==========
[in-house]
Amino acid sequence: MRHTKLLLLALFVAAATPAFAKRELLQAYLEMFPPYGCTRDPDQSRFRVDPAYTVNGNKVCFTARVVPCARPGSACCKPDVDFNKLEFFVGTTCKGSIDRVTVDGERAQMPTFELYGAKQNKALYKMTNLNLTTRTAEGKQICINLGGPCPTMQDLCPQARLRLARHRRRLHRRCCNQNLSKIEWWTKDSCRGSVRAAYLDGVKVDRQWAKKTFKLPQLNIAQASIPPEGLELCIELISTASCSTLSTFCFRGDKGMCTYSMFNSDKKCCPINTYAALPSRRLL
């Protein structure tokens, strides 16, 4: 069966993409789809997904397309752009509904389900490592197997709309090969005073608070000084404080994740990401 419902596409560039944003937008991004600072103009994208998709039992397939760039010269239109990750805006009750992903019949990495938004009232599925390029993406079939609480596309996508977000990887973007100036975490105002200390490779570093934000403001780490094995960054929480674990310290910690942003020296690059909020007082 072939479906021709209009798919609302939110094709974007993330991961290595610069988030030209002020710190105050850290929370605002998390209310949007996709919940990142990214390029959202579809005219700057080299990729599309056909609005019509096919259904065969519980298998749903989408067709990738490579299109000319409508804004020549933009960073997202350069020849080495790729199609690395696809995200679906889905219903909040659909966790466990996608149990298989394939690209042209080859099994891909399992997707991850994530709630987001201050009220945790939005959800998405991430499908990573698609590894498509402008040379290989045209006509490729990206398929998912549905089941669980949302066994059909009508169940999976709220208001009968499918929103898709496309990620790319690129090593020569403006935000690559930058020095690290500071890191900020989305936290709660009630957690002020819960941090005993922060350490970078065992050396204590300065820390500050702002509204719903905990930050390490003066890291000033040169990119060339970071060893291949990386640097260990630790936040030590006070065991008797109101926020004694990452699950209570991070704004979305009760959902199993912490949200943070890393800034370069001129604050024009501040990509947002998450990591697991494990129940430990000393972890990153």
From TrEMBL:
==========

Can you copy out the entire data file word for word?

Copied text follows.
[in-house]
Amino acid sequence: MRHTKLLLLALFVAAATPAFAKRELLQAYLEMFPPYGCTRDPDQSRFRVDPAYTVNGNKVCFTARVVPCARPGSACCKPDVDFNKLEFFVGTTCKGSIDRVTVDGERAQMPTFELYGAKQNKALYKMTNLNLTTRTAEGKQICINLGGPCPTMQDLCPQARLRLARHRRRLHRRCCNQNLSKIEWWTKDSCRGSVRAAYLDGVKVDRQWAKKTFKLPQLNIAQASIPPEGLELCIELISTASCSTLSTFCFRGDKGMCTYSMFNSDKKCCPINTYAALPSRRLL
């Protein structure tokens, strides 16, 4: 069966993409789809997904397309752009509904389900490592197997709309090969005073608070000084404080994740990401 419902596409560039944003937008991004600072103009994208998709039992397939760039010269239109990750805006009750992903019949990495938004009232599925390029993406079939609480596309996508977000990887973007100036975490105002200390490779570093934000403001780490094995960054929480674990310290910690942003020296690059909020007082 072939479906021709209009798919609302939110094709974007993330991961290595610069988030030209002020710190105050850290929370605002998390209310949007996709919940990142990214390029959202579809005219700057080299990729599309056909609005019509096919259904065969519980298998749903989408067709990738490579299109000319409508804004020549933009960073997202350069020849080495790729199609690395696809995200679906889905219903909040659909966790466990996608149990298989394939690209042209080859099994891909399992997707991850994530709630987001201050009220945790939005959800998405991430499908990573698609590894498509402008040379290989045209006509490729990206398929998912549905089941669980949302066994059909009508169940999976709220208001009968499918929103898709496309990620790319690129090593020569403006935000690559930058020095690290500071890191900020989305936290709660009630957690002020819960941090005993922060350490970078065992050396204590300065820390500050702002509204719903905990930050390490003066890291000033040169990119060339970071060893291949990386640097260990630790936040030590006070065991008797109101926020004694990452699950209570991070704004979305009760959902199993912490949200943070890393800034370069001129604050024009501040990509947002998450990591697991494990129940430990000393972890990153």
From TrEMBL: